How did you get your current good food job?
I created my own Good Food Job: writing and promoting my handbook series. After leaving a high paying job in the healthcare field for moral reasons, I re-entered the food service industry. I chose entry or mid level positions because I did not want the stress of managing an inherently dysfunctional organization. To keep myself sane, I started writing operations manuals for the places I worked in, just for fun. My friend and an accomplished chef, Ashton Carter, asked me to help him with operations for a three month pop-up restaurant. Having the freedom to do as we chose, it was a tremendous joy and, I don’t mind saying, a resounding success! Word spread and Ashton was asked to assume the executive chef position for a badly floundering restaurant of a nearby resort. Ashton asked me to be his operations manager to help turn this restaurant around. The owners backtracked on their agreements, and, effectively tied our hands as we worked to turn their dysfunctional restaurant into a smooth running, highly functional, profitable place, as we had with our pop-up restaurant. I left that living nightmare behind and wrote my book.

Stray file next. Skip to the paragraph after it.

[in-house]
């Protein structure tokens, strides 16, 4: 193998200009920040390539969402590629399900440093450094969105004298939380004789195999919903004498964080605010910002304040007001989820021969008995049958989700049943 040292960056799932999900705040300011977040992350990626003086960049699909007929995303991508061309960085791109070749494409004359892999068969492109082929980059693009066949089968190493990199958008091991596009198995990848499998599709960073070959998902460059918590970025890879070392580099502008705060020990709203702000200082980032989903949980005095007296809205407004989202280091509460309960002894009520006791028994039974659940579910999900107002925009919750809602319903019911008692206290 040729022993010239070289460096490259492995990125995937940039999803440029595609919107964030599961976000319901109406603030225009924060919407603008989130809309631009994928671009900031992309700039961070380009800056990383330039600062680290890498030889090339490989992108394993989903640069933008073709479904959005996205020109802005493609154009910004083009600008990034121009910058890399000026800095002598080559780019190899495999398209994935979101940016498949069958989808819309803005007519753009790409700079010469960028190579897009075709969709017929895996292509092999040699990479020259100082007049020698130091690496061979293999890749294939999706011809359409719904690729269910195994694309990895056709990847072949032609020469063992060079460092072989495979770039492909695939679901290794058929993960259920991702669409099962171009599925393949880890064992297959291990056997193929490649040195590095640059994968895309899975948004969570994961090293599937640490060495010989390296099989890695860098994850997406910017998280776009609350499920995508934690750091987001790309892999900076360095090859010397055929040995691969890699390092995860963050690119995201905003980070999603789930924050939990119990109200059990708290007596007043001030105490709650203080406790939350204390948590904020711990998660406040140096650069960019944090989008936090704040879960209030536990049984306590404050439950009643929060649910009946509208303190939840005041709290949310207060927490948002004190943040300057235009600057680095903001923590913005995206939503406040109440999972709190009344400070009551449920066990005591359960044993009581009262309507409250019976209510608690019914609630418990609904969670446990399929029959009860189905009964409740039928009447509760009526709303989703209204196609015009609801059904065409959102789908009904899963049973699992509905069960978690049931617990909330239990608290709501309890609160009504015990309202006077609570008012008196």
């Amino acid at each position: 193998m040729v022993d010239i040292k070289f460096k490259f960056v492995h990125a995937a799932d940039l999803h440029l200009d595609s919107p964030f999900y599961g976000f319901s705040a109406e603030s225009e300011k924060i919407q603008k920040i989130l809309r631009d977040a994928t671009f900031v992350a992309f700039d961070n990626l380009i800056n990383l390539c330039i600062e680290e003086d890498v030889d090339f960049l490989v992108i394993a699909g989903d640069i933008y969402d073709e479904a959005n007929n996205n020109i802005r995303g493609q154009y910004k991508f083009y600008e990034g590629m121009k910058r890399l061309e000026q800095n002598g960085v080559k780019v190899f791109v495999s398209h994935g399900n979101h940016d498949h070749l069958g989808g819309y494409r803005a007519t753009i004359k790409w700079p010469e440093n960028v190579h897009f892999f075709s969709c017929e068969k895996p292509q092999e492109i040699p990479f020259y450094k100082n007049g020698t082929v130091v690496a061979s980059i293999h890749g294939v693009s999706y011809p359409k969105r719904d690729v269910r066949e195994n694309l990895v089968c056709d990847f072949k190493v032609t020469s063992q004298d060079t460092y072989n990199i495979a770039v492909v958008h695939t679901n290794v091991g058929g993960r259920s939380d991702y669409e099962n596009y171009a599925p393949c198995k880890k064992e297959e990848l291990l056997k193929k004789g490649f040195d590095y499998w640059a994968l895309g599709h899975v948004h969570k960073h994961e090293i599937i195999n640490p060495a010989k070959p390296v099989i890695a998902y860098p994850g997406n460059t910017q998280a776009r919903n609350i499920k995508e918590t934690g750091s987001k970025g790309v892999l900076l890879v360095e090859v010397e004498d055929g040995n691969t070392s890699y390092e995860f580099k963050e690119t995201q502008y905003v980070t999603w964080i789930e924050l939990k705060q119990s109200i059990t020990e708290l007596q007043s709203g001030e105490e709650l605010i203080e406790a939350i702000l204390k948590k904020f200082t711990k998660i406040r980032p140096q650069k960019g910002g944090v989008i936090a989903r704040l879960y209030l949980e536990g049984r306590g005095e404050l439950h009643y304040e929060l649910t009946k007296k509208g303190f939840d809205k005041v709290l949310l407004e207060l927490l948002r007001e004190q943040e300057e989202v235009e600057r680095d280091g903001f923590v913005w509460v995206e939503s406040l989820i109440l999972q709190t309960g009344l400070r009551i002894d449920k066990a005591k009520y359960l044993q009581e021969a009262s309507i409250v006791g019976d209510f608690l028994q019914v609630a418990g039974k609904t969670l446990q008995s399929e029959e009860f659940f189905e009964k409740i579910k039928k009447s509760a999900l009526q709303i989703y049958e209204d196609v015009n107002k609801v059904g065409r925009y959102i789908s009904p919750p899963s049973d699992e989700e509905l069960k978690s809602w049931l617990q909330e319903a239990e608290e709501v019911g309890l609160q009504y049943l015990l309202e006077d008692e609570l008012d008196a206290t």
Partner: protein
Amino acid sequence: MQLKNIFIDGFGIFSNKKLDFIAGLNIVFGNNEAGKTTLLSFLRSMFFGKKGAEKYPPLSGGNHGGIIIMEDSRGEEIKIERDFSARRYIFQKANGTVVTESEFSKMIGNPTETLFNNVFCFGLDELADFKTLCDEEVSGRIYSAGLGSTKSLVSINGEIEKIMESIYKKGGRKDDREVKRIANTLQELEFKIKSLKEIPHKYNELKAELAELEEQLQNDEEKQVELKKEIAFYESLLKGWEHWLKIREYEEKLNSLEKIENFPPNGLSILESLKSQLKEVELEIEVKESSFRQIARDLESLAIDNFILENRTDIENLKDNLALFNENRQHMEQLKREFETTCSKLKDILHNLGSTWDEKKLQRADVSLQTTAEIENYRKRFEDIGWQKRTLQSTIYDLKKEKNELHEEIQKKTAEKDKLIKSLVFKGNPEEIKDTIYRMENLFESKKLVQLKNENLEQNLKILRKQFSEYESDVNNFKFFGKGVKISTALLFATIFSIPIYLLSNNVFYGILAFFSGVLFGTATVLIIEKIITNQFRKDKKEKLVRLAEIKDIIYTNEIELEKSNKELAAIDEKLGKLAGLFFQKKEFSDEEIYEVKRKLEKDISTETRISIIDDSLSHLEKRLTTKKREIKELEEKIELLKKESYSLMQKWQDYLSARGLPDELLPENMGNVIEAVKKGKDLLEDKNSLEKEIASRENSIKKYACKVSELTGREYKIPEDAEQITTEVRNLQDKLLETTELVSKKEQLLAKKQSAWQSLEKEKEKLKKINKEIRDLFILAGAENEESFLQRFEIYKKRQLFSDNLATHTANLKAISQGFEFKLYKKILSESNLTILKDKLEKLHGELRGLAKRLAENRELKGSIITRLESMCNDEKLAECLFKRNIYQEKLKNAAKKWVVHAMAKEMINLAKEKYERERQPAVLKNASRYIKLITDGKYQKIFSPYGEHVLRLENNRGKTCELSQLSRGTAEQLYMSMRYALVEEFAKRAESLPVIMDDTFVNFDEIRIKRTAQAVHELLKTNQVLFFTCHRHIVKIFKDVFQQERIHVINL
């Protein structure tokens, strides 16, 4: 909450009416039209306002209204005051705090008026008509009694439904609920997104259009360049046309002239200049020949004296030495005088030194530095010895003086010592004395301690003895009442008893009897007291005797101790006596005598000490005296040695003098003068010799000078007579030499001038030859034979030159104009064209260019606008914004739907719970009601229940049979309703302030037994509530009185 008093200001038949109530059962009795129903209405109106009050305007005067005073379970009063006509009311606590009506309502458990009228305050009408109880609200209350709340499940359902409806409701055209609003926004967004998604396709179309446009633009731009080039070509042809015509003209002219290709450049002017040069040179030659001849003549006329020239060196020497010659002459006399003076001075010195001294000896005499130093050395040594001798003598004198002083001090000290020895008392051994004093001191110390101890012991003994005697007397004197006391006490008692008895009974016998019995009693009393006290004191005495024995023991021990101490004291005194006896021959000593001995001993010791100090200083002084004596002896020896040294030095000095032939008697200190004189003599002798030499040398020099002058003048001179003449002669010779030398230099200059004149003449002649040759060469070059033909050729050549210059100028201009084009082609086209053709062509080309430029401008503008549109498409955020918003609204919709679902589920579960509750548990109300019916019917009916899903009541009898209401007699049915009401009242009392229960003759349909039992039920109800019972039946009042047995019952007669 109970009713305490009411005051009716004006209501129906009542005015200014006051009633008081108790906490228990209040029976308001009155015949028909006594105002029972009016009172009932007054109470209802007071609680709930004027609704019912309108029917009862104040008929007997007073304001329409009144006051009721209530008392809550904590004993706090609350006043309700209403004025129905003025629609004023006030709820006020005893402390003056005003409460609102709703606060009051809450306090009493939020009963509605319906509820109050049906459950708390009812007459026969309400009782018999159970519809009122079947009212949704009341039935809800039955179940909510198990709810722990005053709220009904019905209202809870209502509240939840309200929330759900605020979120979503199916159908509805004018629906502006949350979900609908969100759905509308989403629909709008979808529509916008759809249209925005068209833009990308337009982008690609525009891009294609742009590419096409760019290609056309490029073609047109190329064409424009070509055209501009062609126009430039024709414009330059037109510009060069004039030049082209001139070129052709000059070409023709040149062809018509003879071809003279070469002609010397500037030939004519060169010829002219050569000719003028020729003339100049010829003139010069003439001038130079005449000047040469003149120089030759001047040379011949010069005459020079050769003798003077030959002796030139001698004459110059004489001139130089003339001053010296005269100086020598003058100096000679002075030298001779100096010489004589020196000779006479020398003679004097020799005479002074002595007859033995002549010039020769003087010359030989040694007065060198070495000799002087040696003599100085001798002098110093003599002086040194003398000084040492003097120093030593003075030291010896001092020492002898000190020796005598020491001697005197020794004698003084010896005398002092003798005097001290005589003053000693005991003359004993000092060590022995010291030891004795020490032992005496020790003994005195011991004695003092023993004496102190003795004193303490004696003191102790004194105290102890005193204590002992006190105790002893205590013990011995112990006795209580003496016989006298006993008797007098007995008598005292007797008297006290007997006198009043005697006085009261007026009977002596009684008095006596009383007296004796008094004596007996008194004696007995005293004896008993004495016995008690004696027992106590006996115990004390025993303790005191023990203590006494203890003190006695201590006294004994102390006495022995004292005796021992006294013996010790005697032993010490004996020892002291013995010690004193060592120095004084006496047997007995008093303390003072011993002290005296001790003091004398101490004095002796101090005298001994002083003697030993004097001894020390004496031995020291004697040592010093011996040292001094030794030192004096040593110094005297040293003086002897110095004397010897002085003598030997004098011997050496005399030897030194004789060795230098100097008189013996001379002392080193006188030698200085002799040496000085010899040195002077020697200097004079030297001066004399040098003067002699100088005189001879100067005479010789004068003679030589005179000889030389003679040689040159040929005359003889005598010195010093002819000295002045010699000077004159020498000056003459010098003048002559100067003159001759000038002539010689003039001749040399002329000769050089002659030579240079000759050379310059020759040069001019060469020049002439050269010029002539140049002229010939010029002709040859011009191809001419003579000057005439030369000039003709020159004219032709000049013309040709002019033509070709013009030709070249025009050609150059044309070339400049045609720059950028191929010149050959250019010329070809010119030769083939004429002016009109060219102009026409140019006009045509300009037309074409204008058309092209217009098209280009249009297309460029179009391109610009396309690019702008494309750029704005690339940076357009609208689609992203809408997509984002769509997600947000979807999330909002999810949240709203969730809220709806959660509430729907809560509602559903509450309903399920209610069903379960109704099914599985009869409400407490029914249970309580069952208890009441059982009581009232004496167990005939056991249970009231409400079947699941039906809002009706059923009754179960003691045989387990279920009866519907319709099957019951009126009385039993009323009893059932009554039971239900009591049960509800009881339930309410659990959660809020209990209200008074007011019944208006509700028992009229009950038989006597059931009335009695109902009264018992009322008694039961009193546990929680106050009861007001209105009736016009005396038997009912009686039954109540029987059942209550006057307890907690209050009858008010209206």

How did your previous work or life experience prepare you for a good food job?
My main interest is to reduce human suffering and promote thriving communities. I believe good food plays a central role.
What was the greatest obstacle you had to overcome in pursuing your Good Food Job dream?